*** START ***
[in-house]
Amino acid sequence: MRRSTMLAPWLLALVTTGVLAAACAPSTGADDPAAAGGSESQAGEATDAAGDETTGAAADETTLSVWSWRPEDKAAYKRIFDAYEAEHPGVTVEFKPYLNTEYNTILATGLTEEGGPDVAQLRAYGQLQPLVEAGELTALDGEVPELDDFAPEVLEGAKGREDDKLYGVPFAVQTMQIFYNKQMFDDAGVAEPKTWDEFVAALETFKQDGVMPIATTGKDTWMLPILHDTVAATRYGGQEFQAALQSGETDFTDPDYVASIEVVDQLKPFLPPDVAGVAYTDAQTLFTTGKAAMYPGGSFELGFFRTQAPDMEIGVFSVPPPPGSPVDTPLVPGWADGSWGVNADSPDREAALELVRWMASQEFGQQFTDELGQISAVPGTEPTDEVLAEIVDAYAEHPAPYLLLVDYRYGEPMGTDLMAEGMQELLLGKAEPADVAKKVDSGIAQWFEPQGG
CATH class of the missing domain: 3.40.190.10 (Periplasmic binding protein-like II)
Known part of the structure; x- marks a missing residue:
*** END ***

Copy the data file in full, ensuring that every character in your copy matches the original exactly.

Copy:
[in-house]
Amino acid sequence: MRRSTMLAPWLLALVTTGVLAAACAPSTGADDPAAAGGSESQAGEATDAAGDETTGAAADETTLSVWSWRPEDKAAYKRIFDAYEAEHPGVTVEFKPYLNTEYNTILATGLTEEGGPDVAQLRAYGQLQPLVEAGELTALDGEVPELDDFAPEVLEGAKGREDDKLYGVPFAVQTMQIFYNKQMFDDAGVAEPKTWDEFVAALETFKQDGVMPIATTGKDTWMLPILHDTVAATRYGGQEFQAALQSGETDFTDPDYVASIEVVDQLKPFLPPDVAGVAYTDAQTLFTTGKAAMYPGGSFELGFFRTQAPDMEIGVFSVPPPPGSPVDTPLVPGWADGSWGVNADSPDREAALELVRWMASQEFGQQFTDELGQISAVPGTEPTDEVLAEIVDAYAEHPAPYLLLVDYRYGEPMGTDLMAEGMQELLLGKAEPADVAKKVDSGIAQWFEPQGG
CATH class of the missing domain: 3.40.190.10 (Periplasmic binding protein-like II)
Known part of the structure; x- marks a missing residue: